In view of the successful long-distance cultural exchange activities held in mid-March, the international Office of the College of Management once again cooperated with Baden-Wuerttemberg Cooperative State University （DHBW）in Germany to organize another“Virtual Teams in an Intercultural Context”seminar and 16 students from two universities were invited to participate in the cultural event.
Before the main cultural exchange session, there were some warm-up activities for the students to complete. Everyone has to share their thoughts and basic knowledge of each other’ country. Also, they could learn about their own characteristics through answering which three survival supplies they would choose, if were put alone on a desert island. There were options like foods, survival tools and items to relieve boredom. The host referred to the collected statistics and explained that students tend to have different mindset in related to their cultural backgrounds. Also, with the aid of Maslow’s Hierarchy of Needs, we can understand what kind of needs students care most. If foods like a pack of fruit and vegetable seeds were chosen, it means “a short-term plan to survive” is the most important thing in one’s mind. If items like volleyball or dog were chosen, it means “a long-term plan and psychological needs would be essential when one facing adverse conditions. Through carrying out these tasks, students can get to know more about themselves and their mixed-nationality teammates.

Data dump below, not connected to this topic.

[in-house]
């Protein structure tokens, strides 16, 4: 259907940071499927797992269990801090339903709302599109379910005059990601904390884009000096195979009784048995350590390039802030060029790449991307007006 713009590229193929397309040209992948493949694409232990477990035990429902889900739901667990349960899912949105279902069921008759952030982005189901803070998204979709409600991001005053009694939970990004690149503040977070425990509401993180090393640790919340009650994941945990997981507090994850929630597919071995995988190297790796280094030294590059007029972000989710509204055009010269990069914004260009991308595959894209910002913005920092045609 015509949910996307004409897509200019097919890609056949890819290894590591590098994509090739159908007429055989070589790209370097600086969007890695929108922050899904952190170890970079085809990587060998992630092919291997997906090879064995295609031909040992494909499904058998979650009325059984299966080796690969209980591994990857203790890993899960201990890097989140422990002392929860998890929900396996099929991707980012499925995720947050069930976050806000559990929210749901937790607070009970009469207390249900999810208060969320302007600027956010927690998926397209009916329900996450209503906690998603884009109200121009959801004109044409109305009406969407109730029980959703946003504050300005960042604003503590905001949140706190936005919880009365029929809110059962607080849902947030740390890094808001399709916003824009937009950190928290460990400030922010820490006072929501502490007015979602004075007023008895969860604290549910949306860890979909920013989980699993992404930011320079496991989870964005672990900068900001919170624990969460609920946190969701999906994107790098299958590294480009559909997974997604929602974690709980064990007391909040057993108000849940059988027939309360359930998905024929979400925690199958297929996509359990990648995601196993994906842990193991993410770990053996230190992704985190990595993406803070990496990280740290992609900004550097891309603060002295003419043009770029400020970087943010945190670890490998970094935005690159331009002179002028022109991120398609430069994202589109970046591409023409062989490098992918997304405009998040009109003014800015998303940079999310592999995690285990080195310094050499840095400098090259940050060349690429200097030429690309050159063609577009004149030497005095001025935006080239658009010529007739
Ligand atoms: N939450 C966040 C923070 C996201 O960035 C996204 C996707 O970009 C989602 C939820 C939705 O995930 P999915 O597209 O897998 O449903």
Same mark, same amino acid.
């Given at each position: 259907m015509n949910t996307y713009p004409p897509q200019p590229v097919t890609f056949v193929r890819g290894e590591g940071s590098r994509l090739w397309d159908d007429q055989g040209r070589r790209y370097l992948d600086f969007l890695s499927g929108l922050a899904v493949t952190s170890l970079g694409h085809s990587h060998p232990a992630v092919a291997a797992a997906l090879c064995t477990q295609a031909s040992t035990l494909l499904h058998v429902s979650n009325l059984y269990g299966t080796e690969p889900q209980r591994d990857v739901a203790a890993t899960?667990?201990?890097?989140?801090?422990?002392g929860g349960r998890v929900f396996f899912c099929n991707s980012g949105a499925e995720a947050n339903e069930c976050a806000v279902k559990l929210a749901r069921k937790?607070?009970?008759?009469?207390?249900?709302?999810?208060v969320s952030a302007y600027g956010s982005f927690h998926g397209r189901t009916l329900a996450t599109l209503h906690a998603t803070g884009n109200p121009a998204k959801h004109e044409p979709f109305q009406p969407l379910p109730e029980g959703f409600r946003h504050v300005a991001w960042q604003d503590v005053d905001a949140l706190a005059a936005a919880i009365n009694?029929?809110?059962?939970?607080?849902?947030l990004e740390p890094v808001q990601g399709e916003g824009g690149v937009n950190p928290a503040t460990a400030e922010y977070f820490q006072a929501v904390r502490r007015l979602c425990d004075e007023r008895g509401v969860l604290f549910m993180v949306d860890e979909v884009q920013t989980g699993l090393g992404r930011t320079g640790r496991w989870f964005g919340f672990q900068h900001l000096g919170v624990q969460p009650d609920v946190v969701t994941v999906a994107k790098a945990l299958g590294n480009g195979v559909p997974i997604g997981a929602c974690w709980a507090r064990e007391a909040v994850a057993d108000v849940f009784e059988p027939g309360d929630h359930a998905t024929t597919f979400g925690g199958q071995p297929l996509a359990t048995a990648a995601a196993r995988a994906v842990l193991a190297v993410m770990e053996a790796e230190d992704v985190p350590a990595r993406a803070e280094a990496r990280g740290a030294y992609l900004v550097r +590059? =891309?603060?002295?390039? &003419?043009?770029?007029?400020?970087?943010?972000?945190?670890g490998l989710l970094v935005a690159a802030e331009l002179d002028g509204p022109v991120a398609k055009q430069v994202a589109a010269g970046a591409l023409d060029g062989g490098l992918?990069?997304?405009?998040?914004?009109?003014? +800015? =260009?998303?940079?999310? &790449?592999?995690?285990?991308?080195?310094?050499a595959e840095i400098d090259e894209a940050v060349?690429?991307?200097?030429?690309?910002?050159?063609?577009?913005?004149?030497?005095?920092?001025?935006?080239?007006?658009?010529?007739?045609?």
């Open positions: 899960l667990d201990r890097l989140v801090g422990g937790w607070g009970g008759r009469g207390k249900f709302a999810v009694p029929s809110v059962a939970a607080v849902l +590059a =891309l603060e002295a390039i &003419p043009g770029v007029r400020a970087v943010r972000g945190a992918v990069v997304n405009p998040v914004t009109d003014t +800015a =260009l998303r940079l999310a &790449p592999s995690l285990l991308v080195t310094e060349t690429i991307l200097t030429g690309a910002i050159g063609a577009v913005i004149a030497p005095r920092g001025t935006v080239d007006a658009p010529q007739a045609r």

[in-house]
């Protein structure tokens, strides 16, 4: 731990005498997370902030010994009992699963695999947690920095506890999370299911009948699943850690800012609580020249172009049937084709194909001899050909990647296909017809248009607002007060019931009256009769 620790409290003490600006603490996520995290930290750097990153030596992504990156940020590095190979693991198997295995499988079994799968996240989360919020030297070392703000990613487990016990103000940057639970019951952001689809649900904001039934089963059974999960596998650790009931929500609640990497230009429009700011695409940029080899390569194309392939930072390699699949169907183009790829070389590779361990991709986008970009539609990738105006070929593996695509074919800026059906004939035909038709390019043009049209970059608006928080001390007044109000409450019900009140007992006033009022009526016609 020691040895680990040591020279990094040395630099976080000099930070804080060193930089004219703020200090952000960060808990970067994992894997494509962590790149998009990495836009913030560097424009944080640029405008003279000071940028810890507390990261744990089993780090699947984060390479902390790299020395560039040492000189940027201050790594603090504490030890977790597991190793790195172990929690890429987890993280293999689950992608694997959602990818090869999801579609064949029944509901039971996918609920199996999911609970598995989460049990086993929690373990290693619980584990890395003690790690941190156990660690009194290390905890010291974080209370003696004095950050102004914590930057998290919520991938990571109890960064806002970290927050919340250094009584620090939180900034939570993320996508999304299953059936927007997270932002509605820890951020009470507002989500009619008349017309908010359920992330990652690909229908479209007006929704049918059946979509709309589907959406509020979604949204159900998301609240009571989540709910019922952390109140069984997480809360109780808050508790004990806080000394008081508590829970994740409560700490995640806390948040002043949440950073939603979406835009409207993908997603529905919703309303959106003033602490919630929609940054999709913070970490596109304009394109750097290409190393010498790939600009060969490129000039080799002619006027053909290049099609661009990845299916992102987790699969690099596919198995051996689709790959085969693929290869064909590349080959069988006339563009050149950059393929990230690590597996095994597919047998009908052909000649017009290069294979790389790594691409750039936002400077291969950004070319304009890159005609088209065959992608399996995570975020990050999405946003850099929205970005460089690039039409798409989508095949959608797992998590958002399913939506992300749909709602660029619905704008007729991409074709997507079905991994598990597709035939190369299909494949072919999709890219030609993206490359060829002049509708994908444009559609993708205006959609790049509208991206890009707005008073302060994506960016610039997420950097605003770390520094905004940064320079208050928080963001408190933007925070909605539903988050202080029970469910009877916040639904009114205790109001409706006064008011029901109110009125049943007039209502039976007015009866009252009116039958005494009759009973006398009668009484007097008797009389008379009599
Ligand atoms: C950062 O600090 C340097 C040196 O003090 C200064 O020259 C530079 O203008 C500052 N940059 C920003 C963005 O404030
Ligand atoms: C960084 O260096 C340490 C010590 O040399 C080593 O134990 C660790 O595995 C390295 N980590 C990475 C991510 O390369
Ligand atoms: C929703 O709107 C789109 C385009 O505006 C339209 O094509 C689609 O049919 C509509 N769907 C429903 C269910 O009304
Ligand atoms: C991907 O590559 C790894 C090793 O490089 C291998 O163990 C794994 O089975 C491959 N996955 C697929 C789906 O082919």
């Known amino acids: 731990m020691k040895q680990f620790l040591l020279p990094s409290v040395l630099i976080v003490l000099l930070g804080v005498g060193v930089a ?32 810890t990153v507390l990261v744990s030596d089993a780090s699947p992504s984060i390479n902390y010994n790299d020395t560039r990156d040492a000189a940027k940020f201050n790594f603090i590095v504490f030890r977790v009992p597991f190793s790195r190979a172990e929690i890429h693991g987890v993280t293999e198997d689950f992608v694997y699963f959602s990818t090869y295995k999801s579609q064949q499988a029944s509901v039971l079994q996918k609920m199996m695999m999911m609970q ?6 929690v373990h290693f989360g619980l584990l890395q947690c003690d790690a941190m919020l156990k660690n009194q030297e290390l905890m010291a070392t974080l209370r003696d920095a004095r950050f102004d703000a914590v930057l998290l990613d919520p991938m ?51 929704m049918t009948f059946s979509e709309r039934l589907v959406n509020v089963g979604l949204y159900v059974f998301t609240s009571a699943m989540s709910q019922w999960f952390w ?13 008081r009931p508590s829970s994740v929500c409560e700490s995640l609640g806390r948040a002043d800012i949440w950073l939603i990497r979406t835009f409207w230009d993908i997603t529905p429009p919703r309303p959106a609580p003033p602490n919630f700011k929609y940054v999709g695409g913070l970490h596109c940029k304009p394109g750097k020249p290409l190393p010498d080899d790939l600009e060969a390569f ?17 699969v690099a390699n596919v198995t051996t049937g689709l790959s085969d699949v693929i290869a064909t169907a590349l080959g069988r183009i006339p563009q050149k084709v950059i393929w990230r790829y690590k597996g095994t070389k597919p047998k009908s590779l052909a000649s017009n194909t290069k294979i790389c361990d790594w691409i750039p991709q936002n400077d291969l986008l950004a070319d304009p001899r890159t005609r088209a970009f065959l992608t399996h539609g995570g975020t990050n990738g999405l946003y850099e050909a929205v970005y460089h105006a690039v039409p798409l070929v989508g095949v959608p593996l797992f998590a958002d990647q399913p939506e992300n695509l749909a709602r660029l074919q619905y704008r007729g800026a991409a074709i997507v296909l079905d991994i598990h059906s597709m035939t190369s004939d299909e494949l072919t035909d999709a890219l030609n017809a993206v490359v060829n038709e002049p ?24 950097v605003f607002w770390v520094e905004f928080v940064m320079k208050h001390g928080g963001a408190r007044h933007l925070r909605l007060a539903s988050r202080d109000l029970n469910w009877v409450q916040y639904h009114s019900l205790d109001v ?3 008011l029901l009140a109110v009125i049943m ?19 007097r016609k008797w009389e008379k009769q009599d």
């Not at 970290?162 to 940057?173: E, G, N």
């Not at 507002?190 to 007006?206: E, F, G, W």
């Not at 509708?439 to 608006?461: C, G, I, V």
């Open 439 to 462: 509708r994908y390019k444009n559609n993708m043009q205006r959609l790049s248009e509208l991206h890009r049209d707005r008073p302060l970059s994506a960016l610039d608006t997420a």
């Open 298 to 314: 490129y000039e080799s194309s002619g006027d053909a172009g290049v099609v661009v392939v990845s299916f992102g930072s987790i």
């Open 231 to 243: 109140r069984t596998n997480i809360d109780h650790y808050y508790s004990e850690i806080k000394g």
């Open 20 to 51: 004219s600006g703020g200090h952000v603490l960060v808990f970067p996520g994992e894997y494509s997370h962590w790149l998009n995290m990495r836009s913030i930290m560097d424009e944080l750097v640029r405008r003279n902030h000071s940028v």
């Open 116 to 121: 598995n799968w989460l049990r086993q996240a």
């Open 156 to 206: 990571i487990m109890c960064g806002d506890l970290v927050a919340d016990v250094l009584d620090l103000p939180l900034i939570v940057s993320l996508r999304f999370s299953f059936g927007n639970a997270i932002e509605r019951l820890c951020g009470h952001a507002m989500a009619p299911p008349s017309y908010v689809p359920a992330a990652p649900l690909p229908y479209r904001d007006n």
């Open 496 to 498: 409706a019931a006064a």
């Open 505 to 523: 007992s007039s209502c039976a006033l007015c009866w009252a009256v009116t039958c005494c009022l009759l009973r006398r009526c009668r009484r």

After conducting self-introduction, students greeted virtually and were equally divided into four groups: red, yellow, blue, and green. They were asked to complete two tasks, firstly the” Entrepreneurship Across Cultures” by proposing an international marketing plan in trading products or service into the opposing countries and try to promote it in regard of the different cultural background. All teams worked out very quickly and smoothly, presented their creative ideas with concise powerpoint. Second task, “Virtual Problem Solving Skills”, was more difficult to all the teams, each groups needed to integrate useful clues through online communication and careful analysis, in order to complete the mission. Though there were challenges in carrying out the trials virtually, the students could hold their hands to get over most of the obstacles. All participants felt like it was an pleasant online intercultural exchange experience to them and have reacted positively. Through various kinds of tasks, students could use own strengths to collaborate with team members and find ways to deal with the difficulties that we encountered in the virtual events.
Lots of interpersonal communication and cooperation have also been converted to an online mode. The virtual seminar provided students more learning opportunities to experience cultural differences during the pandemic.